I have missed chasing birds on this trip to India. Mostly it’s been about people, in all their human glory, although the partial focus on vultures meant that the reporting about birds actually involved very few live creatures, but rather discussions and strategies for how to make a world where, once again, the skies becomes full. But one thing that a vulture conservationist said has stuck with me. He said that the South Asian vulture crisis has made him not take any bird for granted. (This, of course, could be extended to: take nothing for granted.) I’ve been trying to take his words to heart, directing my camera at the ebony and grey scavengers that remain, the Indian crow, Corvus splendens.
Where I’m staying now, in Pondicherry/Puducherry, the trees are filled with them. I go about my business of writing and they go about their business of roosting, grooming, flying, constantly communicating – something, what? — to each other.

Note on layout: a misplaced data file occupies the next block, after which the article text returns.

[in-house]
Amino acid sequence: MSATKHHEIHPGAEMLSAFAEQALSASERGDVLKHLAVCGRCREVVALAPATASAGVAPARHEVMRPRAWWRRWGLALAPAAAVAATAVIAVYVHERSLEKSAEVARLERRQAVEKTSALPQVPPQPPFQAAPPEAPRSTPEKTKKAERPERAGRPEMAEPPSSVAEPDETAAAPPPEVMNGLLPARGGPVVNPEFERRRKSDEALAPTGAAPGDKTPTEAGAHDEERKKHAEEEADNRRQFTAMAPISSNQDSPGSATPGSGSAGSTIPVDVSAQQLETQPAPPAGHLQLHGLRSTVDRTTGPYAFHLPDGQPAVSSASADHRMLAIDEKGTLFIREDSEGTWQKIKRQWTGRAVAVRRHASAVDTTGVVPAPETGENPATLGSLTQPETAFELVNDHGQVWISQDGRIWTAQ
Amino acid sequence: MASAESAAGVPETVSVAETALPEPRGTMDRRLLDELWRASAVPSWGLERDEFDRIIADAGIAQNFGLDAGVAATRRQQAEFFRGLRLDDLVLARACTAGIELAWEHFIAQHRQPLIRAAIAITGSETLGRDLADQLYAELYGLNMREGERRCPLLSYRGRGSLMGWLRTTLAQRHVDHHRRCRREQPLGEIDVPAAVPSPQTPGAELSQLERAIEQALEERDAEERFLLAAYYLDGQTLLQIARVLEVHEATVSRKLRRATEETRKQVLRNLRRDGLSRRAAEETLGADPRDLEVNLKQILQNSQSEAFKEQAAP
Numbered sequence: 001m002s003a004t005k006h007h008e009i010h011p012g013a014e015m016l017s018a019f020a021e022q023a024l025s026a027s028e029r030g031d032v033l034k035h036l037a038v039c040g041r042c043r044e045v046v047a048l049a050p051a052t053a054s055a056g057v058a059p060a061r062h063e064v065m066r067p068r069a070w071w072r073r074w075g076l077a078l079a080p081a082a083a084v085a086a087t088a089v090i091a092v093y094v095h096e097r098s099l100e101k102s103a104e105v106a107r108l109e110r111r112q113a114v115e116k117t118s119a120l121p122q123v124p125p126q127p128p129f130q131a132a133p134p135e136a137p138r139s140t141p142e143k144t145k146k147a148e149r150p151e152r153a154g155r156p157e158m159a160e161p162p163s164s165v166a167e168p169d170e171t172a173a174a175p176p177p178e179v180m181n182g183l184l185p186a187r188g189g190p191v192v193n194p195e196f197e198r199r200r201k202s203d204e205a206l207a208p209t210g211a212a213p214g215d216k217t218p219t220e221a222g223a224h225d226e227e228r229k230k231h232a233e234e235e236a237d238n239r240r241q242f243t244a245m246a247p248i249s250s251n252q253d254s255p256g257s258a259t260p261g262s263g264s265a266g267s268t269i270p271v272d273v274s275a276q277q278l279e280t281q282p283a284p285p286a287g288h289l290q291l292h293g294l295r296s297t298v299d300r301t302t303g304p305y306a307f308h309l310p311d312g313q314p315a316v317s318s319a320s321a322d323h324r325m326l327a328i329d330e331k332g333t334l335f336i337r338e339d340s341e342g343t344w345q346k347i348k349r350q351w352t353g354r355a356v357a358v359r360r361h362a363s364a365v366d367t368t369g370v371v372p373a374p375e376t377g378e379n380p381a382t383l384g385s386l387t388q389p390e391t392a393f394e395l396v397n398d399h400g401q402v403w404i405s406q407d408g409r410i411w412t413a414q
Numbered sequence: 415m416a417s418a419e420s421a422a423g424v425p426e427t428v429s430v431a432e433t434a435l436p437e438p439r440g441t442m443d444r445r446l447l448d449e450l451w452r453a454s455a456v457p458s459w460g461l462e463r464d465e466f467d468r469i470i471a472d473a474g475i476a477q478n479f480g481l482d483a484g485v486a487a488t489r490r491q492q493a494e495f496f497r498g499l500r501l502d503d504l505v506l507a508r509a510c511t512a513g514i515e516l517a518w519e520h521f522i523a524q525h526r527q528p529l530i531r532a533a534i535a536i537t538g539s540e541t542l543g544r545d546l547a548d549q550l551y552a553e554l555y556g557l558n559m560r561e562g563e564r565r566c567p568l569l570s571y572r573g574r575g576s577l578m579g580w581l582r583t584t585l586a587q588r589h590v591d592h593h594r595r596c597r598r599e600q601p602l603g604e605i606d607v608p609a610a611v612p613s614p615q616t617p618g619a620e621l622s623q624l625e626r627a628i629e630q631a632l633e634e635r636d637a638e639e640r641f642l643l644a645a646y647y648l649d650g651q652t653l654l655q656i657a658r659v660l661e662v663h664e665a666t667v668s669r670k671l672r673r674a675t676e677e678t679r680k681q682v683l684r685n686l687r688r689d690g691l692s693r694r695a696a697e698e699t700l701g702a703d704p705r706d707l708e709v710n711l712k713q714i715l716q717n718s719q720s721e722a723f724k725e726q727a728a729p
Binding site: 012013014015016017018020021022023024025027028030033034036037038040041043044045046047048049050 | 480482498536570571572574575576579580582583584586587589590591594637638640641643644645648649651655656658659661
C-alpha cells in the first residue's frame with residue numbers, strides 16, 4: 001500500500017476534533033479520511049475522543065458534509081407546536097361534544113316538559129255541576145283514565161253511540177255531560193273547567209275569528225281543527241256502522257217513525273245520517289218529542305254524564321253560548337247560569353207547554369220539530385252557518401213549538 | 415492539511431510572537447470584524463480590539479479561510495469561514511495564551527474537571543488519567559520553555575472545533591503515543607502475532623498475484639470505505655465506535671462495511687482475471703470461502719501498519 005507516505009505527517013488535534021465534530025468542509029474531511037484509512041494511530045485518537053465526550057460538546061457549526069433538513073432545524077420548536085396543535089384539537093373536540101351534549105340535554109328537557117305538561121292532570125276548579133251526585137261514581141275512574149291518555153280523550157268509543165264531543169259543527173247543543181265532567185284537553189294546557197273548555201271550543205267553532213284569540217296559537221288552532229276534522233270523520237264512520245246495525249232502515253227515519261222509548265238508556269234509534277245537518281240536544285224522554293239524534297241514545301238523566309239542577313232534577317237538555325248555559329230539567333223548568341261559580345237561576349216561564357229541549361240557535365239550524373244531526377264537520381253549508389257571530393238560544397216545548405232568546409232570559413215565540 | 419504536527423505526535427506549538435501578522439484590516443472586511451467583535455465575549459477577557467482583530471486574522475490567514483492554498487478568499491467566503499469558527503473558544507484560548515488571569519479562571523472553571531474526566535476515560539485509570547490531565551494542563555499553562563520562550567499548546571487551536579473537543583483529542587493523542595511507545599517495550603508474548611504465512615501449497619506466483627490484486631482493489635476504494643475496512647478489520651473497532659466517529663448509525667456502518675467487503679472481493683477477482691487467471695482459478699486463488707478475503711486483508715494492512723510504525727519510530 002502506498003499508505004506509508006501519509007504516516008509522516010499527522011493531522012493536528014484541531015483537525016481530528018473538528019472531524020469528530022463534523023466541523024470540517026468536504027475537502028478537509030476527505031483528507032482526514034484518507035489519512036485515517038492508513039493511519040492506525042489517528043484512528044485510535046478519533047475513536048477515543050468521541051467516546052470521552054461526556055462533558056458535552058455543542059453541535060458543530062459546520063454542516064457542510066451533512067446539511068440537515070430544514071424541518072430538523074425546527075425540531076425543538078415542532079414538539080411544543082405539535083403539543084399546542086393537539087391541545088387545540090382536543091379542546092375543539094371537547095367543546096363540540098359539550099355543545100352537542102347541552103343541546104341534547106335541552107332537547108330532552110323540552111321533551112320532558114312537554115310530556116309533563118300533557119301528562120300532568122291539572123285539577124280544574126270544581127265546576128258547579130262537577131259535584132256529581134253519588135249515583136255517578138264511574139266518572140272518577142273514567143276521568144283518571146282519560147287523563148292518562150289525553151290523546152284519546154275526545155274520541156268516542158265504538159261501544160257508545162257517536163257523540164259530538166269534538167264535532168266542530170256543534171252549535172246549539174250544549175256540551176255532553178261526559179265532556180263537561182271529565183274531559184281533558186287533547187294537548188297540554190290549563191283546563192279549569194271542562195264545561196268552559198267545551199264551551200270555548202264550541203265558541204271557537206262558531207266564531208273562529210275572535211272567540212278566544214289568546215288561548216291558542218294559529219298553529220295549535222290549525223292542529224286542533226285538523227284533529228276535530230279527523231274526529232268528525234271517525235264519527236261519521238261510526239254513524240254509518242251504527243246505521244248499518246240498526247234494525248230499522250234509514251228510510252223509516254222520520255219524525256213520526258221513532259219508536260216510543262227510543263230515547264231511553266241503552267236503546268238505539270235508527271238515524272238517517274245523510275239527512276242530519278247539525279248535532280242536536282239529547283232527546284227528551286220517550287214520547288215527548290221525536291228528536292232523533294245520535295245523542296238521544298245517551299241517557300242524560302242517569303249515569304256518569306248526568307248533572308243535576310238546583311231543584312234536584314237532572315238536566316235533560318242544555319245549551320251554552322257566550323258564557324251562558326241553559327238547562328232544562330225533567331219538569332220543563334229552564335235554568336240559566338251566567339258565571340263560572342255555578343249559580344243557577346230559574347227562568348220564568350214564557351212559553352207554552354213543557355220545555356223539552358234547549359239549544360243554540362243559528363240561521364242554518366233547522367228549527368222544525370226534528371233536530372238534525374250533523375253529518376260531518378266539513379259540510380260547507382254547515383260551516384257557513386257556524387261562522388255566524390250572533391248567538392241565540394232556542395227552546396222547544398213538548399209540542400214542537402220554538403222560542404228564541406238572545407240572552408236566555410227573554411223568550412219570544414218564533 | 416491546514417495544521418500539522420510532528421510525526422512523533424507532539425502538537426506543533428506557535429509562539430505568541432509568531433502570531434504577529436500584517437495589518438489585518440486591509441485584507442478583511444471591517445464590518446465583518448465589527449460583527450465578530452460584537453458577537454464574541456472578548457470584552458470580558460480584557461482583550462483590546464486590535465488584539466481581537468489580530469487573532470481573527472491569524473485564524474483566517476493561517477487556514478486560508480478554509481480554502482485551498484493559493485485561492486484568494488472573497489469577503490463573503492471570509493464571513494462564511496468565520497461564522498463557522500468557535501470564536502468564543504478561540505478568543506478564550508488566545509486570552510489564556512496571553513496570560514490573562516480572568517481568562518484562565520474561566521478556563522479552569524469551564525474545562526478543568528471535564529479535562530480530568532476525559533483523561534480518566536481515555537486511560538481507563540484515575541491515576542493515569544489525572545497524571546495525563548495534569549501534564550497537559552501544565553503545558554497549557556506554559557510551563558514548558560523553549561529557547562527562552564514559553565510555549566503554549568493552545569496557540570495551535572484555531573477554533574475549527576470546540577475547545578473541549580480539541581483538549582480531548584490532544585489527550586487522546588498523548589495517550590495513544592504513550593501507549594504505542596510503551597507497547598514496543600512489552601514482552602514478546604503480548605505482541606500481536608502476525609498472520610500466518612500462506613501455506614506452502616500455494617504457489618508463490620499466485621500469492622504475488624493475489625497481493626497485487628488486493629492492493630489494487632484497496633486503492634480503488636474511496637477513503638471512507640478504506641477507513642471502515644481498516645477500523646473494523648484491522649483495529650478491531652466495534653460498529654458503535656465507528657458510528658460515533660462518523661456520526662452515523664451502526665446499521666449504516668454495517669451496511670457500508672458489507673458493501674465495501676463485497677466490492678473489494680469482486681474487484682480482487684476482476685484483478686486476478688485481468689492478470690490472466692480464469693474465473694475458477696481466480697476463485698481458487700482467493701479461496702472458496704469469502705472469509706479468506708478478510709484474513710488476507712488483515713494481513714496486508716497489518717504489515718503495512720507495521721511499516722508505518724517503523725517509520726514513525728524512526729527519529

They are abundant. They are raucous. They are a murder.
In the late afternoon, they pair up, sometimes 3-4 pairs sitting in the neem tree, sitting close, wings glancing.
Sometimes something else shows up in the trees, aside from the chipmunks with their incessant chirping, something spectacular.
A flame-backed woodpecker, with this shaky shot showing some of the flame:
But the crows are more common. More abundant. More ordinary. More important to consciously notice. In other places, West Nile virus has wiped out crow populations in a flash. One grad student once told me that her research abruptly ended when her entire study population died. Again, take nothing for granted.
And these corvids, they’re smart. Here’s a fun video, complete with perfect BBC voiceover…
Look around you today. What do you see that you always – and never – see?